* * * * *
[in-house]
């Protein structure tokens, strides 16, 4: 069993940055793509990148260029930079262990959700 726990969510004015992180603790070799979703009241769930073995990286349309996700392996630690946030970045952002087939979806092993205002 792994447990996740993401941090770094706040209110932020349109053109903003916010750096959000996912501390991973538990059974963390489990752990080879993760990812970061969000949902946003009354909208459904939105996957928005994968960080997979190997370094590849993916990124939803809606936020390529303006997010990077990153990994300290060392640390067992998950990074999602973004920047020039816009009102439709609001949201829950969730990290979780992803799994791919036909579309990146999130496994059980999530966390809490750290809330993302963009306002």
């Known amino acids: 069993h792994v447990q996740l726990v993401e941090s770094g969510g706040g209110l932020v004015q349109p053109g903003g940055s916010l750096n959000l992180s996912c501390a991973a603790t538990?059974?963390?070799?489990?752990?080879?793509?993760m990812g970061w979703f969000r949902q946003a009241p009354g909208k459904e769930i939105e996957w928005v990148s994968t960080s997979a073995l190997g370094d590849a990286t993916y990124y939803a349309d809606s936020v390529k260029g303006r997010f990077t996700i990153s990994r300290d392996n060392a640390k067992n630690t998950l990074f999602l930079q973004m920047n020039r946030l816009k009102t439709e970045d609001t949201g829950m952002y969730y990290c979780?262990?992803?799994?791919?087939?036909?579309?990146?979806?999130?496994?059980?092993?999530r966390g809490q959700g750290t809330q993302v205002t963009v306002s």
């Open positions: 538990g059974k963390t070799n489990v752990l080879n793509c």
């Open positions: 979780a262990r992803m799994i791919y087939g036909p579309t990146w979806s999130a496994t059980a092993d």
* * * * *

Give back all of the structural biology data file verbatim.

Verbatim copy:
[in-house]
């Protein structure tokens, strides 16, 4: 069993940055793509990148260029930079262990959700 726990969510004015992180603790070799979703009241769930073995990286349309996700392996630690946030970045952002087939979806092993205002 792994447990996740993401941090770094706040209110932020349109053109903003916010750096959000996912501390991973538990059974963390489990752990080879993760990812970061969000949902946003009354909208459904939105996957928005994968960080997979190997370094590849993916990124939803809606936020390529303006997010990077990153990994300290060392640390067992998950990074999602973004920047020039816009009102439709609001949201829950969730990290979780992803799994791919036909579309990146999130496994059980999530966390809490750290809330993302963009306002």
């Known amino acids: 069993h792994v447990q996740l726990v993401e941090s770094g969510g706040g209110l932020v004015q349109p053109g903003g940055s916010l750096n959000l992180s996912c501390a991973a603790t538990?059974?963390?070799?489990?752990?080879?793509?993760m990812g970061w979703f969000r949902q946003a009241p009354g909208k459904e769930i939105e996957w928005v990148s994968t960080s997979a073995l190997g370094d590849a990286t993916y990124y939803a349309d809606s936020v390529k260029g303006r997010f990077t996700i990153s990994r300290d392996n060392a640390k067992n630690t998950l990074f999602l930079q973004m920047n020039r946030l816009k009102t439709e970045d609001t949201g829950m952002y969730y990290c979780?262990?992803?799994?791919?087939?036909?579309?990146?979806?999130?496994?059980?092993?999530r966390g809490q959700g750290t809330q993302v205002t963009v306002s």
């Open positions: 538990g059974k963390t070799n489990v752990l080879n793509c």
């Open positions: 979780a262990r992803m799994i791919y087939g036909p579309t990146w979806s999130a496994t059980a092993d």